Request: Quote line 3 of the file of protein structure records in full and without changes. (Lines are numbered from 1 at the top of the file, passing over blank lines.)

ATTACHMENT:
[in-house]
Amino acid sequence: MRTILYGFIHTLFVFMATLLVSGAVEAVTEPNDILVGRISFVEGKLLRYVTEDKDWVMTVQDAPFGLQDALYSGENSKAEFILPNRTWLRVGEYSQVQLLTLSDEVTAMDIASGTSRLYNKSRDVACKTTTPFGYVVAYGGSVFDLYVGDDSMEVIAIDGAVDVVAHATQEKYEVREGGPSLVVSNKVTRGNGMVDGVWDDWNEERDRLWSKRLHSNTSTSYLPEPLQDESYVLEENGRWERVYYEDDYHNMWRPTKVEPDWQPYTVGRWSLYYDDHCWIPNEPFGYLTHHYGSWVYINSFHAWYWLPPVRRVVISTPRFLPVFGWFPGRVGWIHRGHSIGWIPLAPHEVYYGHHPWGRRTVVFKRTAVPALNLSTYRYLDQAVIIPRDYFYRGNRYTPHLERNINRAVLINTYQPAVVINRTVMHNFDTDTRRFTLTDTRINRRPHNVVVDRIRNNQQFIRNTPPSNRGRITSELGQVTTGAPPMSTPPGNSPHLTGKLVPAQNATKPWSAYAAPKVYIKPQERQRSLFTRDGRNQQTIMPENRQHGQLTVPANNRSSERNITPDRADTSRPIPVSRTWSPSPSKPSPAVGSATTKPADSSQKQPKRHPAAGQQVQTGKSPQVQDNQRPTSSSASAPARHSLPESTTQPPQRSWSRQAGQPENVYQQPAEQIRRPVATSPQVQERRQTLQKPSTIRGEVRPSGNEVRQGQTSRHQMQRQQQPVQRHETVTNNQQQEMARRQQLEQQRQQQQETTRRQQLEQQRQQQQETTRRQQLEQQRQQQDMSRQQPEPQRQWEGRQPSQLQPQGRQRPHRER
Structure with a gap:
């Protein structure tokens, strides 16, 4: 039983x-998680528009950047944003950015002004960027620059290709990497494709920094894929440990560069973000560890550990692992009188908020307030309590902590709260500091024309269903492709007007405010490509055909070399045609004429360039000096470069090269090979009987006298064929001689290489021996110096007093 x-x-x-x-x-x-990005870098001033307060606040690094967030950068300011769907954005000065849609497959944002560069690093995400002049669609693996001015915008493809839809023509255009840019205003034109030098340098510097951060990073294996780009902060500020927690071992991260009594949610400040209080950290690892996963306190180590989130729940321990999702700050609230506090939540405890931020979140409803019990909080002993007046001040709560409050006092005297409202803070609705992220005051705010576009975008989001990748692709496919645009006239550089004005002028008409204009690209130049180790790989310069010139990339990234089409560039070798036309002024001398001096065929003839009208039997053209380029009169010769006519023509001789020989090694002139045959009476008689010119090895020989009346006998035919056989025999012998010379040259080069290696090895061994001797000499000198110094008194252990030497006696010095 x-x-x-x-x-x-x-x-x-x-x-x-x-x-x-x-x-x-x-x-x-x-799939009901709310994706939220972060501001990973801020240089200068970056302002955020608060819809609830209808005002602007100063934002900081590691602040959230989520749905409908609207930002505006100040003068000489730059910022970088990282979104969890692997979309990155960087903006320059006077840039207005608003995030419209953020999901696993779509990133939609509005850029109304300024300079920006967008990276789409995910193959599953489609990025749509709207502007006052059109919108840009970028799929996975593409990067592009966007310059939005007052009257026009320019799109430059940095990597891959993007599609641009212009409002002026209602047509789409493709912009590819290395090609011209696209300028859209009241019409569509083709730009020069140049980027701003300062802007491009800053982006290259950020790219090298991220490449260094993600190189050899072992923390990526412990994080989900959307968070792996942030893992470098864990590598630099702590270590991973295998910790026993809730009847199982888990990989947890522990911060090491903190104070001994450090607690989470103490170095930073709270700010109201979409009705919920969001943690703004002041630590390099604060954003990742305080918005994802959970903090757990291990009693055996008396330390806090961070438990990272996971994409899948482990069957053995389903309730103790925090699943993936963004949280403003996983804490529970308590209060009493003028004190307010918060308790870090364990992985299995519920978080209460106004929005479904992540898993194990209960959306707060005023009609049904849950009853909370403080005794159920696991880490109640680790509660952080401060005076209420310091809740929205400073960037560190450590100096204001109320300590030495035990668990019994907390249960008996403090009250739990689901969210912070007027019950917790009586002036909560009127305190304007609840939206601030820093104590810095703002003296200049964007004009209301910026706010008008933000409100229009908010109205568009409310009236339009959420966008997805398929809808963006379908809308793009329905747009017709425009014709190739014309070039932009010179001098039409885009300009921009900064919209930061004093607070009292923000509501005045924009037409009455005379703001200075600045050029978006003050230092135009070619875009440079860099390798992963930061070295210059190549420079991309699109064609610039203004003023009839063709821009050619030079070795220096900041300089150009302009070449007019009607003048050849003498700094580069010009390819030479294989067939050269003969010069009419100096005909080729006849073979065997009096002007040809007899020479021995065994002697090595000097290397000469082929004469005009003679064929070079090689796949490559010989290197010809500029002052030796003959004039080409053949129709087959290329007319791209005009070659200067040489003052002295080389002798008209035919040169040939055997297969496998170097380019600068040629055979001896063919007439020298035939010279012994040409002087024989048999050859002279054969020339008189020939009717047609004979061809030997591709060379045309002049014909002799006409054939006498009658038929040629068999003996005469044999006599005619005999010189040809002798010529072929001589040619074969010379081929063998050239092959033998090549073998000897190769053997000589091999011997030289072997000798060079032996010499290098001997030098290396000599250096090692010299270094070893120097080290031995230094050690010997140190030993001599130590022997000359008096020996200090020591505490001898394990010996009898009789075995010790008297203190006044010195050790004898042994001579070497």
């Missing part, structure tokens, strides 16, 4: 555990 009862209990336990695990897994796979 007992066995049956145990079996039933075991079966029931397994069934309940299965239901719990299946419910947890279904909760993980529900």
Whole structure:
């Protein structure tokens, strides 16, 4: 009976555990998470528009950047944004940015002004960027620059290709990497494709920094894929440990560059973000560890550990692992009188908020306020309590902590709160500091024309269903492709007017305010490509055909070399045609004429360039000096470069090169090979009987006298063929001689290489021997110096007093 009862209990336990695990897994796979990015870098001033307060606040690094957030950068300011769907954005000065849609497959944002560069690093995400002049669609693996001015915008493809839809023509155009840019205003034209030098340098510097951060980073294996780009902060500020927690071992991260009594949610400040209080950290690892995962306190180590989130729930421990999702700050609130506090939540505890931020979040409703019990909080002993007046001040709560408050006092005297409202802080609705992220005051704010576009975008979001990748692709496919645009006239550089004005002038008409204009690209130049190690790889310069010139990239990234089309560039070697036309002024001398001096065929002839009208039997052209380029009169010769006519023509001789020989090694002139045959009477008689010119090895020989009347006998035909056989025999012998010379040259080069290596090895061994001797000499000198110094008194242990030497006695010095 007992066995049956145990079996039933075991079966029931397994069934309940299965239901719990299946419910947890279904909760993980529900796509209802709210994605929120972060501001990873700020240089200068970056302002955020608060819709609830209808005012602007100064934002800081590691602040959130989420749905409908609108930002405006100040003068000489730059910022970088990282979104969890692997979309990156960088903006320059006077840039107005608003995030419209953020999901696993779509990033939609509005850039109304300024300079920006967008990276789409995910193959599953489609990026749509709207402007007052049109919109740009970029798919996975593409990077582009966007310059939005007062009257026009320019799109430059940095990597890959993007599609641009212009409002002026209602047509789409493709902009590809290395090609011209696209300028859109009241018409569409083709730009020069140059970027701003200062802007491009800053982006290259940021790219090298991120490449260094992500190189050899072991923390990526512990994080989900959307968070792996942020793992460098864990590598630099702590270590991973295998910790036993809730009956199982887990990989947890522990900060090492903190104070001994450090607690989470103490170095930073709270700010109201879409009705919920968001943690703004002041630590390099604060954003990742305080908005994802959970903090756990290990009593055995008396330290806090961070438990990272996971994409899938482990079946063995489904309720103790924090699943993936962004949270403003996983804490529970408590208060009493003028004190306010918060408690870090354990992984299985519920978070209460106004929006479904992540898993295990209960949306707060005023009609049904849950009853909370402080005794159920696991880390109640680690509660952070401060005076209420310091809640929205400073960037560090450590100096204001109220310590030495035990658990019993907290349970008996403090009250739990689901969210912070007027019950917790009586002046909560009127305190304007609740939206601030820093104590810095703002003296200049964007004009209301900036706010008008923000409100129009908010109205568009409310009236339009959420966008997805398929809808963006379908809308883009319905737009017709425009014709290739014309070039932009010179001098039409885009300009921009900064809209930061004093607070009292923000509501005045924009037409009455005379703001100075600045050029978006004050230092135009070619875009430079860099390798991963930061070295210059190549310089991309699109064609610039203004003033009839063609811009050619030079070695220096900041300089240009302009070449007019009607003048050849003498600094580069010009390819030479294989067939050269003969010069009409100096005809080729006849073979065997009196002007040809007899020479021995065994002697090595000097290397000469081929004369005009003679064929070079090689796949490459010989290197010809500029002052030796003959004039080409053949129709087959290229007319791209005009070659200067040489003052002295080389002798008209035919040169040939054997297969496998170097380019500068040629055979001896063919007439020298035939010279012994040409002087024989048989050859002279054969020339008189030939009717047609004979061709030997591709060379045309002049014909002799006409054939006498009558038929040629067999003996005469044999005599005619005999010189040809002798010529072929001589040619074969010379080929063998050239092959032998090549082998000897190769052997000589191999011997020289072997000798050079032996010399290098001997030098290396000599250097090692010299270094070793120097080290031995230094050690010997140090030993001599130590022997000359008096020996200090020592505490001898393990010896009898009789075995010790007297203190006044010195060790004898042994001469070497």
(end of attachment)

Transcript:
Structure with a gap: